If you paid attention during your college Psychology 101 college class, you may now vaguely recall Abraham Maslow and his Hierarchy of Needs. That is, because “man is a perpetually wanting animal,” Maslow theorized that we're motivated by five needs: Survival, safety, belonging, esteem and self-actualization. “The appearance of one need,” Maslow explains, “Usually rests on the prior satisfaction of another, more pre-potent need.”

As our personal theory of human motivation revolves primarily around food, we decided to take Maslow's hierarchy and apply it to the most important meal of the day: Breakfast. For a new food pyramid of sorts, turn the page.

Espresso; Credit: T. Nguyen

Espresso; Credit: T. Nguyen

Level 1. The Need to Survive, or: Coffee

“If all the needs are unsatisfied, and the organism is then dominated by the physiological needs, all other needs may become simply non-existent or be pushed into the background.” — Abraham Maslow

If nothing else, coffee. Because you likely can forego the toast and jam and survive until lunchtime, but the same cannot be said about skipping the caffeine.

Fig's lemon ricotta pancake; Credit: Anne Fishbein

Fig's lemon ricotta pancake; Credit: Anne Fishbein

Level 2. The Need for Safety, or: Pancakes

“Just as a sated man no longer feels hungry, a safe man no longer feels endangered.” — Abraham Maslow

Once the coffee has percolated and you have been properly caffeinated, your attention will turn to food. Maslow notes that the need for safety includes a “common preference for familiar rather than unfamiliar things, or for the known rather than the unknown,” which explains why your thoughts may now gravitate towards fuzzy, happy childhood memories of Sunday morning pancakes drenched in sticky syrup and melting pats of butter. That said, those who find safety not in Kodak moments but in abundance will find comfort in the huge portions at The Griddle Cafe.

Shrimp dumplings; Credit: C. Wei

Shrimp dumplings; Credit: C. Wei

Level 3. The Need to Belong, or: Dim Sum

“Now the person will feel keenly, as never before, the absence of friends, or a sweetheart, or a wife, or children. He will hunger for affectionate relations with people in general, namely, for a place in his group, and he will strive with great intensity to achieve this goal. He will want to attain such a place more than anything else in the world and may even forget that once, when he was hungry, he sneered at love.” — Abraham Maslow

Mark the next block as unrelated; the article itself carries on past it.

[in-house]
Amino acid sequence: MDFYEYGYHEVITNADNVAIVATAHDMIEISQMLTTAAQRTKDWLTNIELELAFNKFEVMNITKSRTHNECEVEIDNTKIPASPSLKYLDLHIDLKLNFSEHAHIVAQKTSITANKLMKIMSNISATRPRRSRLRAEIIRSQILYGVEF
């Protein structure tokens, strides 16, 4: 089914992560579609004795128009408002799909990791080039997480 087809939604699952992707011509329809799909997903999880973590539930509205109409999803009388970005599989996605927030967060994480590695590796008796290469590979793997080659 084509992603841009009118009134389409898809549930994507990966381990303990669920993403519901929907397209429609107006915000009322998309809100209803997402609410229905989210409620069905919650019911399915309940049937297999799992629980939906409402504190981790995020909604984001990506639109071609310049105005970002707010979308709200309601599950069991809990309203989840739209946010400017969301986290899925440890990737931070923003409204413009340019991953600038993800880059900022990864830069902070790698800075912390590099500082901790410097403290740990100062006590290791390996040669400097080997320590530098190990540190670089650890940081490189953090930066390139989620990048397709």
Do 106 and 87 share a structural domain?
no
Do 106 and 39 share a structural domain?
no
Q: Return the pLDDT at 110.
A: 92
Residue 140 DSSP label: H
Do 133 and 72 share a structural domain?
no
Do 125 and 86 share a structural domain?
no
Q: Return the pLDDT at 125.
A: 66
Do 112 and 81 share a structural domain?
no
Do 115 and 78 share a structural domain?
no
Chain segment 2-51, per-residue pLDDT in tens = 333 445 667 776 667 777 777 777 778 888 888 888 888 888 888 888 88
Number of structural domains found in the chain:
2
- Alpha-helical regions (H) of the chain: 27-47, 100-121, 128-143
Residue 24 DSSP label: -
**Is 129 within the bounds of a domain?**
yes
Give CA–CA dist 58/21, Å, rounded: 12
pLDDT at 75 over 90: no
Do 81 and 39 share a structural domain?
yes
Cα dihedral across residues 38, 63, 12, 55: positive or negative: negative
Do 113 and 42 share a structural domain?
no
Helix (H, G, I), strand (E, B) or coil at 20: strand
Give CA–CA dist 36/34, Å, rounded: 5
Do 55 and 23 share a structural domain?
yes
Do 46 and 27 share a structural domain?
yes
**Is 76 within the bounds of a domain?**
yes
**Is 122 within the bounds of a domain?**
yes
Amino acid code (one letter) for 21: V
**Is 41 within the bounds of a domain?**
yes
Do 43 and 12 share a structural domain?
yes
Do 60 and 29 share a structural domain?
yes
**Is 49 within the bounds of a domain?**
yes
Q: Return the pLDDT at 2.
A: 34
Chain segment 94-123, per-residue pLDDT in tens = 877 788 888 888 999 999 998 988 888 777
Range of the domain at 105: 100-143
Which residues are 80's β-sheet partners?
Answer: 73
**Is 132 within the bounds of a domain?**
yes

At this point, you don't want to have your coffee and pancakes alone at your kitchen nook as much as you want to break breakfast bread with others. And where better to socialize than at your local dim sum joint? You'll gather your friends around a huge round table, you'll order together, you'll share plates, you'll swap stories about your week. You may even forget that once, when you were severely de-caffeinated, you sneered at anything resembling food at all.

Fried chicken and waffles at The Tasting Kitchen; Credit: A. Scattergood

Fried chicken and waffles at The Tasting Kitchen; Credit: A. Scattergood

Level 4. The Need for Esteem, or: Fried Chicken and Waffles

“All people in our society (with a few pathological exceptions) have a need or desire for a stable, firmly based, (usually) high evaluation of themselves, for self-respect, or self-esteem, and for the esteem of others. … Satisfaction of the self-esteem need leads to feelings of self-confidence, worth, strength, capability and adequacy of being useful and necessary in the world.” — Abraham Maslow

You have your coffee, you feel safe, you have friends. Now, you need external validation of all of the above. There are plenty of upscale places where you can have brunch at dinner prices and thus buy yourself certain attention, but real achievement can be measured in fried chicken. After all, if you can afford to indulge in fried chicken and waffles (those calories! those carbs!) as your first meal of the day, you will be held in very high regard within certain circles in town. And if you have the dish at a place like The Tasting Kitchen, even the most jaded among us will experience a boost of confidence by simply existing in its casually pristine dining room. The stellar cocktails won't hurt, either.

Level 5. Self-Actualization

“Even if all these needs are satisfied, we may still often (if not always) expect that a new discontent and restlessness will soon develop, unless the individual is doing what he is fitted for. A musician must make music, an artist must paint, a poet must write, if he is to be ultimately happy. What a man can be, he must be. This need we may call self-actualization.” — Abraham Maslow

At this level of the breakfast pyramid, you have transcended all other levels and you are, comfortably and without apology, what you eat. Walt Whitman liked oysters and meat for breakfast, Leslie Knope unabashedly considers breakfast as a way of life and Hunter S. Thompson preferred to eat breakfast alone, “stone naked.”

For you, then, maybe it's the dog happily asleep at your feet, a hard copy of the paper, the Thursday crossword puzzle, poached eggs on fine toast, fresh berries and granola, a few strips of Canele's house-cured bacon, mugs and mugs of coffee and absolutely no concern over where your smartphone might be. Self-actualization, attained.

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